Aging Conference Focuses on Local Housing Issues for Older Adults Through Design Workshop

For Immediate Release
February 29, 2016

Contact: Todd Kluss
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A unique two-part workshop taking place this week in Long Beach, California — at the 42nd Annual Meeting and Educational Leadership Conference of the Academy for Gerontology in Higher Education (AGHE) — will integrate the knowledge and experience of gerontologists into the future design of a residential care facility for older adults located in Southern California.

The workshop, titled “Charrette Planning for Age-Related Design Issues,” has sessions on March 3 and March 5 at the Westin Long Beach and represents a multi-partner effort led by AGHE’s Environmental Design Committee. Drs. Peggy Perkinson and Alan DeLaTorre, environmental gerontologists and co-chairs of the committee, said they wanted to try something different than a typical conference symposium.

“We are using the concept of a design charrette — a participatory process for integrating design into projects that are going to be undertaken,” said DeLaTorre, a research associate at Portland State University’s Institute on Aging. “Because we don’t have time to cover all aspects of the facility, we are mainly focusing on designing appropriate social spaces in the facility and the design of external spaces in the front and back yards. If everything goes well, we hope to replicate this effort at next year’s conference site in Miami.”

He added that both the workshop and AGHE conference highlight the importance of gerontology in higher education. Several former students of his and Dr. Maria Claver — another member of the planning team and a professor at California State University, Long Beach — have been integral in developing the workshop, according to DeLaTorre.

“One of them, Elizabeth Dobson, a graduate of Cal State Long Beach, is actually our main community partner, as she is planning to open a future facility,” he said. “These workshops are intended to give her insight into real life, tangible outcomes that can improve that facility.”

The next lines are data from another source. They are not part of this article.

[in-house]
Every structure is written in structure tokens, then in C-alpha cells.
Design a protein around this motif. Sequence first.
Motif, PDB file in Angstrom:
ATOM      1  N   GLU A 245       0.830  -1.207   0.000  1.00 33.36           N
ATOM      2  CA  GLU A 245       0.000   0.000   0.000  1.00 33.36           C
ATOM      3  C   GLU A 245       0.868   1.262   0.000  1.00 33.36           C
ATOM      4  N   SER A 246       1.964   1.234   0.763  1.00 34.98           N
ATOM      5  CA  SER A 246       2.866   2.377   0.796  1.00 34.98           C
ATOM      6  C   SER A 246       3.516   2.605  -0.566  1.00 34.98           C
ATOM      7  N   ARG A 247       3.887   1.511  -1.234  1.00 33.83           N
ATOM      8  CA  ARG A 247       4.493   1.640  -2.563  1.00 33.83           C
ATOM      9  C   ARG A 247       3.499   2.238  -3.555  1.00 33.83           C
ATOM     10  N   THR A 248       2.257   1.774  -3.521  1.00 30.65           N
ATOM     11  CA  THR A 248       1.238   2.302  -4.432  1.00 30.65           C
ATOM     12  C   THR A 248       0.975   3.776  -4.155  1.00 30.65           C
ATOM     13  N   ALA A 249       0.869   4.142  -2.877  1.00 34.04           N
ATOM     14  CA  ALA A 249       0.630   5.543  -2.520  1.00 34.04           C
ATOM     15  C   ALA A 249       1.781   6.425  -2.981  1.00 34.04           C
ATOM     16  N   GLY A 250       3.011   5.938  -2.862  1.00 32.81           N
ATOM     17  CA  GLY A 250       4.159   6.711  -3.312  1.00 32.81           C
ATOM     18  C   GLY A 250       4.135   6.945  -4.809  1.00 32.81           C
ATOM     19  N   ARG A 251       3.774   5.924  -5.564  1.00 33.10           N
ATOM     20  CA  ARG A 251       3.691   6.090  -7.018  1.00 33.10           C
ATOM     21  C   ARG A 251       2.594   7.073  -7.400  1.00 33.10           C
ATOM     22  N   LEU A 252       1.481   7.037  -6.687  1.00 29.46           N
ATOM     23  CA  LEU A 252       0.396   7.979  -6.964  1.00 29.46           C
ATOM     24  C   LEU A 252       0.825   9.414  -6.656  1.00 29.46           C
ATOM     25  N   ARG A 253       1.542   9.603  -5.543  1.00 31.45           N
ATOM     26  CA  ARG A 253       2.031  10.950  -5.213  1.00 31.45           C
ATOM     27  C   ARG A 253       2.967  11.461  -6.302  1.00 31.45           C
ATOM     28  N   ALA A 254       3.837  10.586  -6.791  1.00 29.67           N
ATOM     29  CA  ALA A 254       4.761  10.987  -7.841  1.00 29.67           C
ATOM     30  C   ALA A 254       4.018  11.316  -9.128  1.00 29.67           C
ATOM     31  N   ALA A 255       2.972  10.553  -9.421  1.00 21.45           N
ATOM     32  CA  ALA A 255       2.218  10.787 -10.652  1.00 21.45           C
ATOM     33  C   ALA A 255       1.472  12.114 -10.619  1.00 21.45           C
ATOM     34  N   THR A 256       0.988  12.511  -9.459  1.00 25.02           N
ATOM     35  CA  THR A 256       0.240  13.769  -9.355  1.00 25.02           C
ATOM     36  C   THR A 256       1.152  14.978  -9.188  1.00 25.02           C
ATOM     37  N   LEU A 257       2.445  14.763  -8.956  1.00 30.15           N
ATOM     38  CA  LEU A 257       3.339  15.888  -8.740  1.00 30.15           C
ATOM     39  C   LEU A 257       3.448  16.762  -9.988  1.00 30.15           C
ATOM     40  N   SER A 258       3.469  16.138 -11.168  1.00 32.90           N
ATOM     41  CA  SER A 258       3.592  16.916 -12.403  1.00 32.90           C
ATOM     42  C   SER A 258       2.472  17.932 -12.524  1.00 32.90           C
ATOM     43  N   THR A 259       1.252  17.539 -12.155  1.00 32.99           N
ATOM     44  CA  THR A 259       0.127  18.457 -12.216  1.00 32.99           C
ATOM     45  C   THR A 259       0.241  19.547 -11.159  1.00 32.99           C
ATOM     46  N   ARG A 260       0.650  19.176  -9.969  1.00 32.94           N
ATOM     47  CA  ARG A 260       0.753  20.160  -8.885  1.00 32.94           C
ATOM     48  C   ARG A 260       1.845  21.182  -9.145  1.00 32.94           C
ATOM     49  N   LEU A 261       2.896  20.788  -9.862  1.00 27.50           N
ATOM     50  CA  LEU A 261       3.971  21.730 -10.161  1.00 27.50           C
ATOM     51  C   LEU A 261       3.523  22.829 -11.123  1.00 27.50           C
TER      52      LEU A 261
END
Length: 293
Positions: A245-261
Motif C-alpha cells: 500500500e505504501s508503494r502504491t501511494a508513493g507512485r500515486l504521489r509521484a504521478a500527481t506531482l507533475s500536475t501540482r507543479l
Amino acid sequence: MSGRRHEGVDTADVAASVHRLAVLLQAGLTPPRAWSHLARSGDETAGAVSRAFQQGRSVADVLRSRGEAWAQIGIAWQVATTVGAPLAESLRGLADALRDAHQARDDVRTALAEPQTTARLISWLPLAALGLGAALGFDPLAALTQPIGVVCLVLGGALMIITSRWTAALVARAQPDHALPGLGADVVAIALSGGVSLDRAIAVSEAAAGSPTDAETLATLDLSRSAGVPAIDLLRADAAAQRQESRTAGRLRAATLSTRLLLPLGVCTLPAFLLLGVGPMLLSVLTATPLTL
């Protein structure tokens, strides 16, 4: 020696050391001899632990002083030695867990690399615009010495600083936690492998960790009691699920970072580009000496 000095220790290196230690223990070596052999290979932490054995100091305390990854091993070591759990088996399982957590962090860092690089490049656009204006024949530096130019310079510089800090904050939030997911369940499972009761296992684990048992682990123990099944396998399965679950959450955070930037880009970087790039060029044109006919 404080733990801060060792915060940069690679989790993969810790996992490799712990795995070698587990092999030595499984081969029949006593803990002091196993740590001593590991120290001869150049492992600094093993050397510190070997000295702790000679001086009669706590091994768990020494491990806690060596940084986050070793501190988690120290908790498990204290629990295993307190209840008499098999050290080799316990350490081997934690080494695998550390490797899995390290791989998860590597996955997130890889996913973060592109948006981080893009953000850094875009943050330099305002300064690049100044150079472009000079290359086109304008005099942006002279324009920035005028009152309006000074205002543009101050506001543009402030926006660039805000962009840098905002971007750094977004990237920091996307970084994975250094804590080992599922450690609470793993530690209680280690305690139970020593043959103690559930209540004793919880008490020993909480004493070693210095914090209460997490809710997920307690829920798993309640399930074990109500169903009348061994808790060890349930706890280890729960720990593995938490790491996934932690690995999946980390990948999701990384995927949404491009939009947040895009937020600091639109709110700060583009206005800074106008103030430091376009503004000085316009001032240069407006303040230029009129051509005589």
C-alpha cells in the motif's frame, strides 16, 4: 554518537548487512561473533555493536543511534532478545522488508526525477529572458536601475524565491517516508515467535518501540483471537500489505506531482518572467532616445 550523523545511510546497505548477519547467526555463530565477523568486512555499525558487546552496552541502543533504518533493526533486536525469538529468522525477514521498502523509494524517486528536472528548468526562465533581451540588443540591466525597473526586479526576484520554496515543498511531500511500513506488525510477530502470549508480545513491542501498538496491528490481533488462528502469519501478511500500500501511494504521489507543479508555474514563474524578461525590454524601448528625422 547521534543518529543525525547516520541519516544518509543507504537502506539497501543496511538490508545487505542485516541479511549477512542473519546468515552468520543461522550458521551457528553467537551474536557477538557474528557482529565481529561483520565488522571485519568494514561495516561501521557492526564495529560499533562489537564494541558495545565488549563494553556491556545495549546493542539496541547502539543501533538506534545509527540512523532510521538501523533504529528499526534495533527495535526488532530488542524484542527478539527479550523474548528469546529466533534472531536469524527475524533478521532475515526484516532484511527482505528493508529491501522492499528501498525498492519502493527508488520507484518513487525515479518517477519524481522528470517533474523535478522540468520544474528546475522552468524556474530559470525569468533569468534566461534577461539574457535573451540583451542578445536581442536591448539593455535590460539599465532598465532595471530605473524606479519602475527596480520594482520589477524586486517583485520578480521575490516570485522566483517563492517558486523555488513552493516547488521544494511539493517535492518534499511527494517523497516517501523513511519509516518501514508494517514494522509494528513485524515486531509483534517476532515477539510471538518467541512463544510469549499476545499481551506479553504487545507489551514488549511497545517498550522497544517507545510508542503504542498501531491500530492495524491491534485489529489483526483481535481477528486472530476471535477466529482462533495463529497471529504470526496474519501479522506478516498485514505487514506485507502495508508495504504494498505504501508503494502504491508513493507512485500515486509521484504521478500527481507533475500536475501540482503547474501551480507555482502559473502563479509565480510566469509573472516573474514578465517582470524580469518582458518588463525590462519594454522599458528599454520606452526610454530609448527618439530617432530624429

The workshop is sponsored by Ankrom Moisan, an architecture firm based in Portland and Seattle. The firm is sending Rachel Browne — an architect who specializes in senior-specific projects and who previously worked with DeLaTorre on her senior thesis project at Portland State University — in order to facilitate desired outcomes and to consider how academics and practitioners can work together to produce good environments for the world’s rapidly aging population.

The planning team also includes Dr. Melissa Cannon, another of DeLaTorre’s former students who helped him successfully carry out a similar charrette in 2011.   

AGHE’s meeting, taking place March 3 to 6 at the Westin Long Beach, is the premier national forum for the discussion of issues in gerontological and geriatrics education. The 2016 conference theme is “Developing Educational Leadership in Gerontology Worldwide.” For more information, visit


The Academy for Gerontology in Higher Education (AGHE) is the educational unit of The Gerontological Society of America, the nation’s oldest and largest interdisciplinary organization devoted to research, education, and practice in the field of aging. AGHE seeks to advance gerontology as a field of study at institutions of higher education through conferences, publications, technical assistance, research studies, and consultation with policy makers. It is currently the only institutional member organization dedicated to gerontology and geriatrics education worldwide.

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